By Linda Banks
If you’re like most of the population, you sometimes struggle with getting good quality sleep. Too often, you have one bad night of sleep and it quickly seems to escalate into night after night of restless sleep. Although there are people that truly need a doctor’s advice due to sleep apnea or other physical ailments, for many of us, we simply need to make some changes.
Many of the tips are very well known, but we’ve also found a few tips that are not as well known that we’d like to share those with you.
Most well known tips
Schedule your sleep: Keep on a regular bedtime and wake schedule.
Prepare your environment: Keep down the noise and the light. Make sure the room is comfortable.
Food Choices: Limit caffeine intake during the day and limit alcohol before bedtime
Less well known tips
Sleep position: Most people don’t realize, but the position in which you sleep makes a big difference in how restful you sleep.
According to the latest research, the best sleep position is on your back. In this position, your chances of getting muscle cramps, stiff necks and pain is much lower than in other positions. This is because you are sleeping with your spine straight, which limits the stress put onto your spine and the back muscles. You can use a small pillow under your knees to help get more comfortable and it is suggested you keep your arms at your sides. The only time the flat-on-your-back position is not recommended is if you struggle with snoring at night.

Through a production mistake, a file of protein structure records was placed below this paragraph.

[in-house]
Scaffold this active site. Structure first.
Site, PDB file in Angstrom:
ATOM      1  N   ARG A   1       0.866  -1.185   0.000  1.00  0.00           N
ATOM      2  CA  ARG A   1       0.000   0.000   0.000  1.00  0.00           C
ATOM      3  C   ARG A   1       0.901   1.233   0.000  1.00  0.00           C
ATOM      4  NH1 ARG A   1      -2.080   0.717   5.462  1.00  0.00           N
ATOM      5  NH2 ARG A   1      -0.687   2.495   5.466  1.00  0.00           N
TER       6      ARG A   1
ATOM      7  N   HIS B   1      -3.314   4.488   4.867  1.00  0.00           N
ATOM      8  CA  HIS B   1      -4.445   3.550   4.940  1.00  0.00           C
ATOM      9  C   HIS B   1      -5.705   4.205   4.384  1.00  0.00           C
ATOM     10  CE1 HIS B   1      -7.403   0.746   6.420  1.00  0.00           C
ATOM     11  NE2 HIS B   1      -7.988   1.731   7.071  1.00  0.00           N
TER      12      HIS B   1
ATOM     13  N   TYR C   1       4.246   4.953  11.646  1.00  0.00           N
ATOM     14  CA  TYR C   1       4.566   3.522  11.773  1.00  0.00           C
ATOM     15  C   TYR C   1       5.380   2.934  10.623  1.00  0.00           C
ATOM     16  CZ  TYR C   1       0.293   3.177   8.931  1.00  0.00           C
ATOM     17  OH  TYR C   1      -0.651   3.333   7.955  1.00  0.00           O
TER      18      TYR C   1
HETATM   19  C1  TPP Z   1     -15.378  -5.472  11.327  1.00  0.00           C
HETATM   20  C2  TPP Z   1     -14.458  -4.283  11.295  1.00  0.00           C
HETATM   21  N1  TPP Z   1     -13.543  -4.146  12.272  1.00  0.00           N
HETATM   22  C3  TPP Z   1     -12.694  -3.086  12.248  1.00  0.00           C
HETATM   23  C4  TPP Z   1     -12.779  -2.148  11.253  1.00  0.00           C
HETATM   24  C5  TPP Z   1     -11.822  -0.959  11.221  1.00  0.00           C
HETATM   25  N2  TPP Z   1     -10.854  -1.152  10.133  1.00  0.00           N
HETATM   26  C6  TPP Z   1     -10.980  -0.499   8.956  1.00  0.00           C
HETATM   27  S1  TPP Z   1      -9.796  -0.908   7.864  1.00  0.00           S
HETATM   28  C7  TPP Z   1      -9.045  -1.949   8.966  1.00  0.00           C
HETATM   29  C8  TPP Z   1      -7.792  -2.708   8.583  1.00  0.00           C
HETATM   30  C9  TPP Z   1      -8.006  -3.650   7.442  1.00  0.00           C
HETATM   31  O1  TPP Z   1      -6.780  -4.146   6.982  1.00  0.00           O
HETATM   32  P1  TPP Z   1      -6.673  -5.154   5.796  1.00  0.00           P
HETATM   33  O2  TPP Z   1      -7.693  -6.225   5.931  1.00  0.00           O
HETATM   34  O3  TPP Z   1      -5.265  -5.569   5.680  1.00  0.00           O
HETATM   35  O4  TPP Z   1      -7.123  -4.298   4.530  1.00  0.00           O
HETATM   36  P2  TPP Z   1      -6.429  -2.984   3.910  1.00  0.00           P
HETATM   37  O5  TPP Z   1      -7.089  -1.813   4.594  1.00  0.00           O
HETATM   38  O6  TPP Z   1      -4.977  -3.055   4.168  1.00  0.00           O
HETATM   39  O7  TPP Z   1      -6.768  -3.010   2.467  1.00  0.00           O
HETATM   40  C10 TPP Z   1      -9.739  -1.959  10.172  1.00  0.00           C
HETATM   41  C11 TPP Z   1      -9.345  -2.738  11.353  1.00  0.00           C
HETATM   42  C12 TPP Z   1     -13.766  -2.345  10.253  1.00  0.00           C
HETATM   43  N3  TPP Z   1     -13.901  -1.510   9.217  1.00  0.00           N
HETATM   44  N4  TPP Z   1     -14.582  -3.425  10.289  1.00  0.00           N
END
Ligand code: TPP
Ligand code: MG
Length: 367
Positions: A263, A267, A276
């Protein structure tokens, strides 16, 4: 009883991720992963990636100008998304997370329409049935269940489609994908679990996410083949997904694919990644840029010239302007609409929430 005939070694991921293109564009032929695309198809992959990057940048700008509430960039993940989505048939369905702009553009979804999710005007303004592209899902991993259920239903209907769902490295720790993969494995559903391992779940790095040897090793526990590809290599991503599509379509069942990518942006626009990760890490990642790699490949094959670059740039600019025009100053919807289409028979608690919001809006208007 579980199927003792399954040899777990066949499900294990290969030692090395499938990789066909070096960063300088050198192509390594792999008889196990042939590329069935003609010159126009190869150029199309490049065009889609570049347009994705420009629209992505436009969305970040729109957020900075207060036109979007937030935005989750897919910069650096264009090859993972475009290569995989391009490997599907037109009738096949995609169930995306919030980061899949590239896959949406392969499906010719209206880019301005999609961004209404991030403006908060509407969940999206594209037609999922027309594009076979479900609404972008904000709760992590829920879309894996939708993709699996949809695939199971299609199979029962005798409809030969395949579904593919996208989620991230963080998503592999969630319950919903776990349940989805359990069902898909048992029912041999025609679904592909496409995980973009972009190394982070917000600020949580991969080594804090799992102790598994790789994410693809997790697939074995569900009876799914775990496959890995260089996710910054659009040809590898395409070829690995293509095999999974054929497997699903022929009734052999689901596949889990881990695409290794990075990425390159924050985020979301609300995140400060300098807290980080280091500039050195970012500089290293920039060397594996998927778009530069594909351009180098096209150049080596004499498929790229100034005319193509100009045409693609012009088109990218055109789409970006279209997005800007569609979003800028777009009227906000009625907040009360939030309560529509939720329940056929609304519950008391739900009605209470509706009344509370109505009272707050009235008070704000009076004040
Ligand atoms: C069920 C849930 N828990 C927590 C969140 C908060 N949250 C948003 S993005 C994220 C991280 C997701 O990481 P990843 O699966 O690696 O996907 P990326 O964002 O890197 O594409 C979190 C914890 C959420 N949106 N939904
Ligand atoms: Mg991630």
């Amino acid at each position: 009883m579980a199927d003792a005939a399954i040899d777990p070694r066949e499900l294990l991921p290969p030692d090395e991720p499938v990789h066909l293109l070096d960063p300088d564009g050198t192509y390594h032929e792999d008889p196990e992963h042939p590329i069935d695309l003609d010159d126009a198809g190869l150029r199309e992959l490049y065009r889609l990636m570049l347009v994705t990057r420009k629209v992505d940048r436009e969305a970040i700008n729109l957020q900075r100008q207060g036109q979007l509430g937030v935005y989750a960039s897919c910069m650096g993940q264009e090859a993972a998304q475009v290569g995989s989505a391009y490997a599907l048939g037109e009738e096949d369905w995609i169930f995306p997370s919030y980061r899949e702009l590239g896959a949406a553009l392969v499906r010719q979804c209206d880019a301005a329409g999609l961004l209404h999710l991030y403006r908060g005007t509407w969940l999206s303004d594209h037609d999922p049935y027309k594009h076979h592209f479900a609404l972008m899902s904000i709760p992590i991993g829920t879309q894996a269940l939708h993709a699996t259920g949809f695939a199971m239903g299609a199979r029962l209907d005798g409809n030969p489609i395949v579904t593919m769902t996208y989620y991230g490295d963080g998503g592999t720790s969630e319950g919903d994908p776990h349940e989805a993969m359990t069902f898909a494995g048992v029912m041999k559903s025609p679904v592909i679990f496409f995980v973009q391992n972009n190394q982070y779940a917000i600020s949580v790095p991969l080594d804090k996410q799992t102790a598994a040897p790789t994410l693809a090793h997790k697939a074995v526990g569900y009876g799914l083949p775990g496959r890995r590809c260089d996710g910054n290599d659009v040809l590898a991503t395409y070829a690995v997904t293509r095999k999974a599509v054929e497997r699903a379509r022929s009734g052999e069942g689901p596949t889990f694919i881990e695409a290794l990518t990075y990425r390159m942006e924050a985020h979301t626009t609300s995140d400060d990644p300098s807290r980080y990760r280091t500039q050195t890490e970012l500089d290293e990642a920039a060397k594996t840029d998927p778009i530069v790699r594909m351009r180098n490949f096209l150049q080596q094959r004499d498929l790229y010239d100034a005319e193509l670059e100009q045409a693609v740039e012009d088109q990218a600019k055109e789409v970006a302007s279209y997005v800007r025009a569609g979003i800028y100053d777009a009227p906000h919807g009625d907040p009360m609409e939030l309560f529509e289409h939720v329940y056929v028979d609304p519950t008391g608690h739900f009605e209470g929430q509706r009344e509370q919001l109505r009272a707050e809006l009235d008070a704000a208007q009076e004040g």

The second best position is the side position. In this position, you are also reducing the stress put onto your spine and back. You may put a small pillow between your knees to reduce the stress on your hips. It’s also important to get a pillow that keeps your spine in a straight position and doesn’t elevate your head too much. The only time this may not be a good position is if you have a tendency to place one arm up under your head as it may cause problems with the nerve that connects down into the arm.
The worst sleep position is on your stomach. If you are a stomach sleeper, you may wish to gradually try sleeping in other positions until you are comfortable with them.
Let’s talk pillows: The main purpose of a pillow is not to elevate the head, but to keep the spinal column in a natural line. If the pillow is too high or too low, you are adding additional stress onto your skeletal system, which may lead to sore muscles, stiff necks and even a bad night’s sleep. Only use enough pillows to support your head properly.
However, it’s also important to look at what’s in the pillow. You want a material that is flexible enough to shape itself to your head, but also provides support so that your head doesn’t easily flop around at night. You also want one that is easily cleanable as dust and pet dander on a pillow can aggravate allergies, which can cause a bad night’s sleep.
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